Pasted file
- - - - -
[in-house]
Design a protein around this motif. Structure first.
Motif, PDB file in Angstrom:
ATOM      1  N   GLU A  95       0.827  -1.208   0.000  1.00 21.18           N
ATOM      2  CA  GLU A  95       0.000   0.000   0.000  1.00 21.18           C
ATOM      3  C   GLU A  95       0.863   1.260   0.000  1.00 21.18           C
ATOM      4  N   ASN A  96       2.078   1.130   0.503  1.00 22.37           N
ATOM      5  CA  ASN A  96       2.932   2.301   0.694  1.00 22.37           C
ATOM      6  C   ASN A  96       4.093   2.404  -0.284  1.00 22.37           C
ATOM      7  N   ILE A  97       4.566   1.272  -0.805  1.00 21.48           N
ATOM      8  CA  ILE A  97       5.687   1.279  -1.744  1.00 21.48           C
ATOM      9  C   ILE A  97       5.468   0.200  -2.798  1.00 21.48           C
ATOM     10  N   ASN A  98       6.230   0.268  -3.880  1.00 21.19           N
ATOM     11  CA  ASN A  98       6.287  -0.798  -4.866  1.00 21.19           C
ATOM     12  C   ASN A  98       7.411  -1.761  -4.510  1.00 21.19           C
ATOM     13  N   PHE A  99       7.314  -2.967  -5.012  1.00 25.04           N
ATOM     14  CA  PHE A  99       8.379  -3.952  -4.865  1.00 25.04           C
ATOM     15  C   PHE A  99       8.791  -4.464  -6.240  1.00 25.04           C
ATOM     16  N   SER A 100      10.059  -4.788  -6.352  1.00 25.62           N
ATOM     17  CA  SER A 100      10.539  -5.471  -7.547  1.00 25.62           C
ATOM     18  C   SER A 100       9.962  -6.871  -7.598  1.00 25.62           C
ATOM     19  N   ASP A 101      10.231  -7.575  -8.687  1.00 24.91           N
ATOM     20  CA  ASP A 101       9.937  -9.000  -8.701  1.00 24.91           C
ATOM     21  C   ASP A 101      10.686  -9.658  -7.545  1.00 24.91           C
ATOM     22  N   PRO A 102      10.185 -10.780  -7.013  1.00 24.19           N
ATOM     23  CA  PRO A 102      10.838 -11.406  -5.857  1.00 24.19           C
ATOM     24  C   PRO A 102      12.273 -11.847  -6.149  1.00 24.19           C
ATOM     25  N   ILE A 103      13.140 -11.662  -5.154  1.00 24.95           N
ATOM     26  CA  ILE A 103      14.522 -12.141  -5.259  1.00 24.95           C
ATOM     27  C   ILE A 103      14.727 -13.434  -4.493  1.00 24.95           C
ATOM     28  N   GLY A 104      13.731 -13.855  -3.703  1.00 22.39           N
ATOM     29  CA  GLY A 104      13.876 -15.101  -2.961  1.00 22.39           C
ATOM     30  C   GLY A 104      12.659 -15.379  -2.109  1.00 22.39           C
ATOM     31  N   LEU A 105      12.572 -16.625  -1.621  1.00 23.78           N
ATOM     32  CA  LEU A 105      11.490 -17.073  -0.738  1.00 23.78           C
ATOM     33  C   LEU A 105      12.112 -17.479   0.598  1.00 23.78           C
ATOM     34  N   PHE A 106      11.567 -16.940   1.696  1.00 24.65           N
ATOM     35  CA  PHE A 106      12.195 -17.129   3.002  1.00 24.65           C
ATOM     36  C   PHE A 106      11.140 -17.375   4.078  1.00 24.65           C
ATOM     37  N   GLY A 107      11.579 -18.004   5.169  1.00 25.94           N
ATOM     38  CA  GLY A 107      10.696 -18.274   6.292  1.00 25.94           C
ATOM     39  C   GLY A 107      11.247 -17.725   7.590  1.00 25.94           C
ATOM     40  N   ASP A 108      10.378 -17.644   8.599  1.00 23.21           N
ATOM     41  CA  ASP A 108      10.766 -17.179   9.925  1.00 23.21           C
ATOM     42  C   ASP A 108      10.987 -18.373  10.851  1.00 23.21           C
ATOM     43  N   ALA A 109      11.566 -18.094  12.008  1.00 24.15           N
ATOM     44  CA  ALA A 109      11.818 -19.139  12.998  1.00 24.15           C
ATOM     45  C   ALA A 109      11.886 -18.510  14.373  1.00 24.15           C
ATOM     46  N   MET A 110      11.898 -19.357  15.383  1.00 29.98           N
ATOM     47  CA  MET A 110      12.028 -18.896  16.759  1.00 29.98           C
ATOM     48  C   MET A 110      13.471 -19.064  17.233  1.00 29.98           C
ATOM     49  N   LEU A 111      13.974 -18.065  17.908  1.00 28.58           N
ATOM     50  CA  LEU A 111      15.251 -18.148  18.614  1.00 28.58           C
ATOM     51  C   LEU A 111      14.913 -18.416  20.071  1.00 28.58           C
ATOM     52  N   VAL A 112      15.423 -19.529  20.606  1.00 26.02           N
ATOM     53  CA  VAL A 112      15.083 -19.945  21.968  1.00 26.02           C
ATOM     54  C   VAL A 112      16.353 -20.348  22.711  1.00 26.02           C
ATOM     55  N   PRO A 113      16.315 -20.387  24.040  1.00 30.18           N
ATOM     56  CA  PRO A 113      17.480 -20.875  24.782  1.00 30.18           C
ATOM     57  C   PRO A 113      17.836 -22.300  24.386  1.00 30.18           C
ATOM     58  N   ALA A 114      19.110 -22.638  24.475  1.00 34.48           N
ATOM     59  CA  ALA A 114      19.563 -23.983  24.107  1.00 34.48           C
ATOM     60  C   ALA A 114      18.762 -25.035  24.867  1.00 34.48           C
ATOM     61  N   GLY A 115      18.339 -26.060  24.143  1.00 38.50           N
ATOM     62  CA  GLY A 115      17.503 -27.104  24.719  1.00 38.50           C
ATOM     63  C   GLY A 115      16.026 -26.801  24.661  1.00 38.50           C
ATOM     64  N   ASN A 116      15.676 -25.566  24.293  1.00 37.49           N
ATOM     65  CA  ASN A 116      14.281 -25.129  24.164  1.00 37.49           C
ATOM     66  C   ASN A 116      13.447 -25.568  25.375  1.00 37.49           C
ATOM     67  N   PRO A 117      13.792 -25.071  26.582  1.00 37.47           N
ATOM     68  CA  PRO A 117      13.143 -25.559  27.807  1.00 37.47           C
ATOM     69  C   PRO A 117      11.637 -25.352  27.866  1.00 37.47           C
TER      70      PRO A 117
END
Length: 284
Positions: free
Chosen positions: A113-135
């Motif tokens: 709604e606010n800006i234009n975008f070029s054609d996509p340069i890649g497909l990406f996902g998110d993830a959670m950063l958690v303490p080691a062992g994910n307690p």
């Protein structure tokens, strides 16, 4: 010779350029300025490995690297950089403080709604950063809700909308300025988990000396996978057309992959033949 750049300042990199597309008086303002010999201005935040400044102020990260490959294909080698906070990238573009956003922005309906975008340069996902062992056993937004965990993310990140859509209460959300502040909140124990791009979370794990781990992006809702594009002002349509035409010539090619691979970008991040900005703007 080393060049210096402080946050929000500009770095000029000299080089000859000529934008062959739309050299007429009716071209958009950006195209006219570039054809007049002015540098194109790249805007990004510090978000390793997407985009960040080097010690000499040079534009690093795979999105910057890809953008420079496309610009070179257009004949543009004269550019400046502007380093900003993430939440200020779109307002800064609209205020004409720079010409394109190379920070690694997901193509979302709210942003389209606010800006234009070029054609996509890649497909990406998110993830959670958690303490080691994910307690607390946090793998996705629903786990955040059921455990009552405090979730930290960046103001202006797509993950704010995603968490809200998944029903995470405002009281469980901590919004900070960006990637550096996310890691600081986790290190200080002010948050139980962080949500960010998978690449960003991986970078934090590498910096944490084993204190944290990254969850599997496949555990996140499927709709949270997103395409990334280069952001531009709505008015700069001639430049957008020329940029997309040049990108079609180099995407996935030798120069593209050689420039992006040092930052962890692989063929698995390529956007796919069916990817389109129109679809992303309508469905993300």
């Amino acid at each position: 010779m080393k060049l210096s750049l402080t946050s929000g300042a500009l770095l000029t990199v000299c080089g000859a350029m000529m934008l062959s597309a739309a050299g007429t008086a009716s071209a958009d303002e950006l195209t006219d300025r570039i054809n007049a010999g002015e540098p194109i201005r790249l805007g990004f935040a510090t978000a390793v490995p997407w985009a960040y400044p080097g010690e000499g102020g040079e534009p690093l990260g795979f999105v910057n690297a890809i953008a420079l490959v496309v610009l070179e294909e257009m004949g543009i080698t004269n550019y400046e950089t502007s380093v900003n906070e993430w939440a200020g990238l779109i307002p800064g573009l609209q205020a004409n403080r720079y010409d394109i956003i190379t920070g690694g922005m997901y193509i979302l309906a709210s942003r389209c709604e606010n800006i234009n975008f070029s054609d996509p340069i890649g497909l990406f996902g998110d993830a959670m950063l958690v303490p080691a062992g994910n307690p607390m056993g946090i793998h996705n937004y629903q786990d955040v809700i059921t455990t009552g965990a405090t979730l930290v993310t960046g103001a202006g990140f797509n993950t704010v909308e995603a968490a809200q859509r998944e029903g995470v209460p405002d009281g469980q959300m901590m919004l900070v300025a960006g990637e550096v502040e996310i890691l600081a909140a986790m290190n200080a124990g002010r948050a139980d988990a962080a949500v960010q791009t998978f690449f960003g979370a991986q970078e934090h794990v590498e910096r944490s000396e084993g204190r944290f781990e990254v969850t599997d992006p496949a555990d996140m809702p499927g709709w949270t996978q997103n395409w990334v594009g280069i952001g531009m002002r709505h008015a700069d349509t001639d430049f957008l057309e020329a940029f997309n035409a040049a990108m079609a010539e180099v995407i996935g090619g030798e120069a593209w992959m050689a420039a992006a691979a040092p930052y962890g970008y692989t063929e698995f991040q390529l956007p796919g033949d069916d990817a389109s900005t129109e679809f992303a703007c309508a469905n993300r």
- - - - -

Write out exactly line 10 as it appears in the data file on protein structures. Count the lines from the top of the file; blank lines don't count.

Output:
ATOM      7  N   ILE A  97       4.566   1.272  -0.805  1.00 21.48           N